There are a great number of benefits to having a significant saving in Superannuation which will one day pay a pension to you in retirement. Once a pension is commenced, a fund that has all of its assets backing a pension is exempt from paying tax on its taxable income (except tax payable on concessional contributions) or taxable capital gains.
If 100% of the fund is in pension mode for the whole of the year, then your fund will enjoy a 100% tax exemption during that year. This can be extremely useful when combined with other tax advantaged income such as franked dividends. For example if we take a fund that receives $100,000 of income with $16,800 of franking credits attached, as well as receiving $49,000 of taxable contributions:
|Fully Franked Investment Income||116800|
|Total Taxable Income||49000|
|Tax Expense @ 15%||7350|
|Tax Payable (Refund)||-9450|
As the income of the fund is not taxed, the franking credits are refundable and this offsets the tax payable on the contributions made to the fund. In the absence of the contributions, all the franking credits would come back to the fund once the tax return is lodged.
However, lets consider another example of a member who delays starting their pension until half way through the year. The SMSF has income of $100,000 with $16,800 of franking credits attached. As is common with investments, income was not received equally throughout the year with the fund actually receiving 65% of the years income in the first half of the year.
In this situation you have two options. You can draw a line in the sand with all income received while the fund was in accumulation mode being taxable, and the exemption applying only from the date the pension commenced. As you can see, the franking credits negate the tax payable during the accumulation phase for the year and the fund would receive a refund of $5,420.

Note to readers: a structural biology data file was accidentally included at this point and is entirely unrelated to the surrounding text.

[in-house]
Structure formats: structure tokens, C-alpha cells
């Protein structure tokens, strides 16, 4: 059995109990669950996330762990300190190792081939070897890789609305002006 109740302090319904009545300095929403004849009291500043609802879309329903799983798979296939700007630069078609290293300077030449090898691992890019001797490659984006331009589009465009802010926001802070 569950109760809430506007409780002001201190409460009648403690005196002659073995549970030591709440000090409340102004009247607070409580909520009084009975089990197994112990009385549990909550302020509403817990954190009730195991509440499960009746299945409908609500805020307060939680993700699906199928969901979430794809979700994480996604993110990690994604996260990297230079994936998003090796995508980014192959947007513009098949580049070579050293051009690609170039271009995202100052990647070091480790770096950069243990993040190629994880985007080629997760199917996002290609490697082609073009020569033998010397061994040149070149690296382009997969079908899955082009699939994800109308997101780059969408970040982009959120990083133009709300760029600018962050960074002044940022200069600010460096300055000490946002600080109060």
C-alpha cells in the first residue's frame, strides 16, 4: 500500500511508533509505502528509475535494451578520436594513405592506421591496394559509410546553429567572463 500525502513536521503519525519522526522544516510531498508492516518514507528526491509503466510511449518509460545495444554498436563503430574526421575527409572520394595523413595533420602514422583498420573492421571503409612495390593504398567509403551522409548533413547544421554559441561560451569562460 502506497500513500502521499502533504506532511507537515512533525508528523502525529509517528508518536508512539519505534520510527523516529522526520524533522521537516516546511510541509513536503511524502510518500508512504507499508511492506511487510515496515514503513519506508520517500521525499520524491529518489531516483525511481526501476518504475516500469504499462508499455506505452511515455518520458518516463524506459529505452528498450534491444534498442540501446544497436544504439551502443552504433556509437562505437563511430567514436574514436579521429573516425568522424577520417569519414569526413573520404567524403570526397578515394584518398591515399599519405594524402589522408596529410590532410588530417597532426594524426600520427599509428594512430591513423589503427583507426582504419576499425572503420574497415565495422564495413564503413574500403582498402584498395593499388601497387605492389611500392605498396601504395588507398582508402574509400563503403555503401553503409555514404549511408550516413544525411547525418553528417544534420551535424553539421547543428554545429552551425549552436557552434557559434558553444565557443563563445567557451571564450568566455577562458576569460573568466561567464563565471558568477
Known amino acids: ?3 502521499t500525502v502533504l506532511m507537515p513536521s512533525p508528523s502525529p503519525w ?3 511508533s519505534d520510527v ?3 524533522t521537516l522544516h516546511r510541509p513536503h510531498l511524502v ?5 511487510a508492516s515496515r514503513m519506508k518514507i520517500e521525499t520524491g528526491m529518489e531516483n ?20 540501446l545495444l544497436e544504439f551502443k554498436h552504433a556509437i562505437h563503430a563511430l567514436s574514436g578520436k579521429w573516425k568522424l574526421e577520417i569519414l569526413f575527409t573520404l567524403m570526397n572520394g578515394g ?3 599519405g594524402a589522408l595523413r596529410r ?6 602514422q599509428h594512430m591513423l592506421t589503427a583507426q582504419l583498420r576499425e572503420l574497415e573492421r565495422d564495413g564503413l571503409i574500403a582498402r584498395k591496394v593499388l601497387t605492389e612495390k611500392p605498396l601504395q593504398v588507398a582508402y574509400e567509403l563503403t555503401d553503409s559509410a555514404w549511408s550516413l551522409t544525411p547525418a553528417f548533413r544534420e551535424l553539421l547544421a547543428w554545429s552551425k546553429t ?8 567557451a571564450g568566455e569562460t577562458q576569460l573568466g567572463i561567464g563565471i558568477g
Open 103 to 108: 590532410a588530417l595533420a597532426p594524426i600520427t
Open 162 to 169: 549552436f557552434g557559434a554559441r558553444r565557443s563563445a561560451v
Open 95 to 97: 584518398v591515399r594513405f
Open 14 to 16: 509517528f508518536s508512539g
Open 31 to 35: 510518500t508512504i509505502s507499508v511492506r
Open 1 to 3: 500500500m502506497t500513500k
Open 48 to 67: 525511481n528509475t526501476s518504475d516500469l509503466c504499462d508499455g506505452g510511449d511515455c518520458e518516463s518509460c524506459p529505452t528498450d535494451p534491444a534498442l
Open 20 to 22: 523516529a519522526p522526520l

Alternatively, you can get an Actuary to certify the tax exempt percentage of the fund for that financial year. If an actuarial certificate is obtained for the fund, it would show that the pension started exactly 50% into the year, and so the tax exempt percentage of the fund is 50%. Lets look at the resulting comparison of the tax exemption that your fund would enjoy.
|Income Exempt from Pension Commencement||Income Exempt as per Actuarial Percentage|
|Total Investment Income||100000||100000|
|Tax Payable (Refund)||-5420||-8040|
As you can see, because not all the income was received evenly throughout the year, there is an advantage in using the Actuarial method. If on the other hand more income was received, or if a major asset was sold with significant capital gain in the later part of the year, then the result would have been reversed.
The good thing is that you don't have to decide which method you will use beforehand. You can choose the method that will give you the best result, once you know what the result will be. Where a fund has not been solely a pension fund during a financial year it is always worthwhile considering the strategies available. The benefits can be substantial.